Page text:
Outdoor equipment of some kind is a pre-requisite for doing most outdoor activities. Jackets, bags, bottoms, shoes, gloves, hats, skis, crampons, ice axes, bikes, ropes, wax, tents, stoves, sleeping bags, pans, food, maps and wetsuits to name but a few.
It is easy to let all this equipment get out of control, spend too much packing for a weekend away, take far too much equipment or replace equipment that doesn’t need replaced.
This is where making and mending comes in. Here are a few core elements to this philosophy.
- quality – this relies on the equipment being of good quality that can handle many years of use. Cheap throwaway equipment is a false economy, and may let you down in times of need.
- minimalism – take and keep around the best tools for the job, get rid of the chaff.
- making – improve your tools to make them even better. This could include modifying a rucksack to better suit your needs, custom upgrades to bikes and general small improvements to existing setups. You could even attempt to make your own equipment.
- mending – when stuff is used it gets damaged. There is no way around this and it should not be tiptoed around. Not skiing a line because there might be some base scratching rocks is lame. To keep your equipment in good working order you should repair problems when they occur yourself. This will make your expensive equipment last longer. This could include base repair and ski servicing, mending holes in clothing, washing ropes etc.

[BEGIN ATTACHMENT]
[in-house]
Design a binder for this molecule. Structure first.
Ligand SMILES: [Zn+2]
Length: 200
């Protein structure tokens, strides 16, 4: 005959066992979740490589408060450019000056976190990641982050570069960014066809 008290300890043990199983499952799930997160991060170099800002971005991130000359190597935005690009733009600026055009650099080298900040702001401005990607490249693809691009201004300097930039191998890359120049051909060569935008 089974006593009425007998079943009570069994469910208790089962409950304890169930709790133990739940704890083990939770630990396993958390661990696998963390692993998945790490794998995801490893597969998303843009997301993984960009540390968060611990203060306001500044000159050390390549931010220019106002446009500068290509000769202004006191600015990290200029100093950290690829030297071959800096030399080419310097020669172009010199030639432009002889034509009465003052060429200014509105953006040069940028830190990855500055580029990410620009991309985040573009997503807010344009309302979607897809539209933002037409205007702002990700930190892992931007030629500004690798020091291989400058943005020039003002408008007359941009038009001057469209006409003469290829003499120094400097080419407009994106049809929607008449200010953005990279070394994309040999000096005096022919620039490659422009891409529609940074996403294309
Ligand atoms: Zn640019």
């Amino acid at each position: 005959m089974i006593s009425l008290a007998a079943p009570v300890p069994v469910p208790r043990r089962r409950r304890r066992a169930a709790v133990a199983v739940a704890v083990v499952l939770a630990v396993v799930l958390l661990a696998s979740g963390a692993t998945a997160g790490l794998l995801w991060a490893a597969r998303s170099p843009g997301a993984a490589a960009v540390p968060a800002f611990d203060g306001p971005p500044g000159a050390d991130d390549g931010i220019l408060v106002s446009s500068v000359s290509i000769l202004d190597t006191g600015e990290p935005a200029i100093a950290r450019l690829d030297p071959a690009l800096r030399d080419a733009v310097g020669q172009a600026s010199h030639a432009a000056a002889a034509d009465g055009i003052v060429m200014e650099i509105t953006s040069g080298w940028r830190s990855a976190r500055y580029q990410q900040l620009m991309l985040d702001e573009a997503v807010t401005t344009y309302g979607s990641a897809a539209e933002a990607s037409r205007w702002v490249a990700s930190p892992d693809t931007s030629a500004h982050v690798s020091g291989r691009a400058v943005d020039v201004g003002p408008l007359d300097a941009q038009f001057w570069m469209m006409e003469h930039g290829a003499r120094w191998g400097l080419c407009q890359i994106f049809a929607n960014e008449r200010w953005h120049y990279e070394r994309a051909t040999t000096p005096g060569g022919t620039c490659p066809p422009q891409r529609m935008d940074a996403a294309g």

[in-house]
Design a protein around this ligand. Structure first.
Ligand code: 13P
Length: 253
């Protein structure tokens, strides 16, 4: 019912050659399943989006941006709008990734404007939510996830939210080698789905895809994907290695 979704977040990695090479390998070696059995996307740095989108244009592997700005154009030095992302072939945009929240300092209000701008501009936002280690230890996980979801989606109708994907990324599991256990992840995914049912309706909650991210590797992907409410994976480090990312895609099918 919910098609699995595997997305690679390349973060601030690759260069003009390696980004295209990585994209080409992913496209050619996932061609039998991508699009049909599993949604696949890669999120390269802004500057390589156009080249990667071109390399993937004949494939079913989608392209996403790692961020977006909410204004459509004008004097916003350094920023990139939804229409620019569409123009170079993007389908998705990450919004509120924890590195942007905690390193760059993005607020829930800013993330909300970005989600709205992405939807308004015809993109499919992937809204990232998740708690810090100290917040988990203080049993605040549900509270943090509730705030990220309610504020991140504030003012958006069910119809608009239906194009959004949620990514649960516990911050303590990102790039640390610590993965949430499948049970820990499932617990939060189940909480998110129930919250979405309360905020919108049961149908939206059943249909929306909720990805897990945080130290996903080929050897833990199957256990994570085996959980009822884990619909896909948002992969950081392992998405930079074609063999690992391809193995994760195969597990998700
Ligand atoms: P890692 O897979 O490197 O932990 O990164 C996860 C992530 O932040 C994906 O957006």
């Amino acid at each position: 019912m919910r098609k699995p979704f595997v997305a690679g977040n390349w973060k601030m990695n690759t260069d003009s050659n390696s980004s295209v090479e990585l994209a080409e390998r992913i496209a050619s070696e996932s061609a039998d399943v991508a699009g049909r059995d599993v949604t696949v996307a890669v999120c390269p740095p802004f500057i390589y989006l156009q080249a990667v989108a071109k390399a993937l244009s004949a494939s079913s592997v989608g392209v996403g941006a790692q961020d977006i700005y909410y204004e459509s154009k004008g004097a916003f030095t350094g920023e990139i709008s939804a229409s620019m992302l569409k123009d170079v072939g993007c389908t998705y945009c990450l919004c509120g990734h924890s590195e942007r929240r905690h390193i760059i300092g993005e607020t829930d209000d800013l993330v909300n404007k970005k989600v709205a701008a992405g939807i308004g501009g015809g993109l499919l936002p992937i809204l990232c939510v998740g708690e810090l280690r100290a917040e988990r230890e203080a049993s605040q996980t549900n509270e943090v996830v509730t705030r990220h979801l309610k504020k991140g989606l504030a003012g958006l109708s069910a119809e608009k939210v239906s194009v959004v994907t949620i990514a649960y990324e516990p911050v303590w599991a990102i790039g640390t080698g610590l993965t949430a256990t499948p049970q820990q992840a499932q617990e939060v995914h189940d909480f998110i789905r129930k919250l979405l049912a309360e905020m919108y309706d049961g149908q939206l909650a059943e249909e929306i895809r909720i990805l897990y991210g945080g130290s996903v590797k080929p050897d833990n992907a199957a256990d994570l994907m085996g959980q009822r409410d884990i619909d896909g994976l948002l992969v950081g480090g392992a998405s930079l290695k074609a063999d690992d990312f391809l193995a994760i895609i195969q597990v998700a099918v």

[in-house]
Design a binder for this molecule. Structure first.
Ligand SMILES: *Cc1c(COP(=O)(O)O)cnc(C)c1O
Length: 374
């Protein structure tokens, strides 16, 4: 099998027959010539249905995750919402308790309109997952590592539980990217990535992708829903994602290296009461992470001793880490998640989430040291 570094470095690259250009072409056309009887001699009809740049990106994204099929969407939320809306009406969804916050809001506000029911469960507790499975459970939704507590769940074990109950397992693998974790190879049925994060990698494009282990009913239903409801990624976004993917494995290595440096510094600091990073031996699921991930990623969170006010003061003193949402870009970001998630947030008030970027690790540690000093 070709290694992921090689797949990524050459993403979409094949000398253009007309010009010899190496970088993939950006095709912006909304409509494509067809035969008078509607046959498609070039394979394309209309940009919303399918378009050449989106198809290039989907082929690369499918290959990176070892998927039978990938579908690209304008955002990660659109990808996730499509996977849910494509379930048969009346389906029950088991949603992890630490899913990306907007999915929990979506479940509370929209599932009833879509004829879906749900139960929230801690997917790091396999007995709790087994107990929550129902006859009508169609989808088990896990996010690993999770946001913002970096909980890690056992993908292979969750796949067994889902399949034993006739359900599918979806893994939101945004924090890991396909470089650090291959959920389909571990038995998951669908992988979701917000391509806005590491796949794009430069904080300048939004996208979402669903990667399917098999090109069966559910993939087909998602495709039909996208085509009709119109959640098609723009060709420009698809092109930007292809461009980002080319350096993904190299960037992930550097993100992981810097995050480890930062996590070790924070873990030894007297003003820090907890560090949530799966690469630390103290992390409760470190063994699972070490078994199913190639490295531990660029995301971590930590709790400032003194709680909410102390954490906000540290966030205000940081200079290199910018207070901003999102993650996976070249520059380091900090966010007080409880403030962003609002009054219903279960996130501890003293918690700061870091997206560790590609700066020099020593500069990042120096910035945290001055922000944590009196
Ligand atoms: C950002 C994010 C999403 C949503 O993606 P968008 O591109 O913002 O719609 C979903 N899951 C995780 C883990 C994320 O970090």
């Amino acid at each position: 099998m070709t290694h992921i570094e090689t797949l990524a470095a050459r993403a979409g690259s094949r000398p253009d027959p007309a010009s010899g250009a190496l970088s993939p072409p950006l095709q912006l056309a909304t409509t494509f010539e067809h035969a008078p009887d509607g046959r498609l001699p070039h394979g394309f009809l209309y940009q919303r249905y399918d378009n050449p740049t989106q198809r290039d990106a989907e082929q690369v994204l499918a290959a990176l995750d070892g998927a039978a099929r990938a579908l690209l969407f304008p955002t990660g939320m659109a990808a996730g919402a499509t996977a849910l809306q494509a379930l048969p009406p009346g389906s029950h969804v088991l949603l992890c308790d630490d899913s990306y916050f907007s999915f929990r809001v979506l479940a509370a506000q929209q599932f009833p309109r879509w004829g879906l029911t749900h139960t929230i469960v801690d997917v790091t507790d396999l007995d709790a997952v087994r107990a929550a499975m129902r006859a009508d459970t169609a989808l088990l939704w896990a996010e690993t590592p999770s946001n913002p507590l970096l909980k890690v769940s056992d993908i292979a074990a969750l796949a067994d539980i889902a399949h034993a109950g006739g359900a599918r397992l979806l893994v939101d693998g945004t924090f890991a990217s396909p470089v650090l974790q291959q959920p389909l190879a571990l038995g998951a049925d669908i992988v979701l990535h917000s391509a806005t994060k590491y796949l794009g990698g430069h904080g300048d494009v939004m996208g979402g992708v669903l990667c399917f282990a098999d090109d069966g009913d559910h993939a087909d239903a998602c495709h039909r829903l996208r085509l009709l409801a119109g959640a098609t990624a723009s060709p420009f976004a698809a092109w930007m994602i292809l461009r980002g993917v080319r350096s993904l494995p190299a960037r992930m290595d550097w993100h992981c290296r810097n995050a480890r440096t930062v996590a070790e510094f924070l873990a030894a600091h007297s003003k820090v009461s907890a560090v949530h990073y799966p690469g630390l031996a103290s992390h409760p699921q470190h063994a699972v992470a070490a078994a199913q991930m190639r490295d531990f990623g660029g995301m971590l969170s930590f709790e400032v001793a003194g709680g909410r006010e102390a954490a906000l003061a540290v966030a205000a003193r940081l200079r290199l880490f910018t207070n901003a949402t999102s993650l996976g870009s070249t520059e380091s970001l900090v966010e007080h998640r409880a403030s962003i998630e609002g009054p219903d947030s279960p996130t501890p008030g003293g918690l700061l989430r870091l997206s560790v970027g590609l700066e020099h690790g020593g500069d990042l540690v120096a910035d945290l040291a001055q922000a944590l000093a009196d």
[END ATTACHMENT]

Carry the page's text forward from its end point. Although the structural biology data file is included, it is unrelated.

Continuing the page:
- your tools – think of your equipment as YOUR equipment. Something you have chosen and created rather than just a collection of brand names.
Making and mending is best done when there is unavoidable downtime. Snowed in and got nothing to do for 12 hours? Pap on the telly? Do a bit of making and mending.
Got any making and mending experiences?